When I saw the film version of Cloud Atlas over the weekend, I was amazed that the Wachowskis managed to turn the book not only into a coherent film, but an entertaining, thoughtful one. This took some serious story-telling skills and imagination (they are, after all, the directors of The Matrix), but also a talented cast and great stories to work from.

The movie abandons the pita-sandwich structure of the book. I imagine this was a difficult decision for the filmmakers, but the right one. They would be asking a lot of the audience to wait three hours (the movie clocks in at 2 hours and 50 minutes) to see the conclusion of the story that began the film. Instead, the directors and editors spliced together the six stories in parallel, matching their expositions, climaxes and denouements. In a feat that surely drew a lot of sweat from the screenwriters, editors and directors, they made this work. Although the pacing lags a bit near the end, they put the stories together in a way that makes their common themes clear and keeps the viewer hooked.

As in the case of all their work, the Wachowskis use their imaginative prowess to take the film to a higher level than the average Hollywood thriller, especially in their depiction of the 22nd-century Korea in which a “corpocratic” government rules over a mass of depraved consumers. A clone named Sonmi who is enslaved in a McDonald’s-style restaurant goes on the lam after glimpsing an inspiring movie clip on a customer’s phone. While reading the book, I savored every detail of this fascinating dystopia, and I felt the same way during the movie. The Wachowskis use special effects to create a brilliant vision of a brutal future that made me wish I could pause the movie to get a better look at Neo Seoul. The setting rivaled the Los Angeles of Blade Runner and the vast human-farms of the original Matrix in its horrible wonder.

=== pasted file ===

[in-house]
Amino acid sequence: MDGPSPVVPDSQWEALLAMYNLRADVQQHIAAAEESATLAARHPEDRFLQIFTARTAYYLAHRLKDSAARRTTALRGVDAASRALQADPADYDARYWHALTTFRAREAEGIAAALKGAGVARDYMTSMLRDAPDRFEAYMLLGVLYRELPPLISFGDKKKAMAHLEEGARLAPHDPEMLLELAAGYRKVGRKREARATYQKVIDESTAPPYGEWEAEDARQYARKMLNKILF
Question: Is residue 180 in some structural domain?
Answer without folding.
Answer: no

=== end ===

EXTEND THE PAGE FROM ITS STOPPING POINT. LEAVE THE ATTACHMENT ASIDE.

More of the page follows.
Another ingredient of the glue that holds these plotlines together is the cast. Tom Hanks, Halle Berry, Hugh Grant and Susan Sarandon play different characters in each of the stories, helping the viewer understand their cosmic connections. I especially enjoyed watching Tom Hanks show a versatility I didn’t know he had. I’ve always thought he had a knack at giving movies a moral center with down-to-earth roles, but here he pulls off a wild range of personalities – an evil doctor on a slave boat, a slimy hotel clerk, a conscientious nuclear scientist, a cockney tough-guy, and a schizophrenic tribal leader who speaks a pidgin future American English.

The Wachowskis were also successful in translating the themes of the book to the screen, if in a more digestible form. Each of the six stories follows characters who make the difficult choice to go against the grain of their historical setting to do what’s right. Obviously, the goodwill of the characters doesn’t keep society from going bonkers – that’s evident even from the trailer or the description on the back of the book. The message of the movie and the book is that even futile acts of charity are worthwhile because they elevate the human soul to an ether above worldly matters. Watching these stories, I felt the same revolutionary thrill as when Neo kills the agents at the end of The Matrix.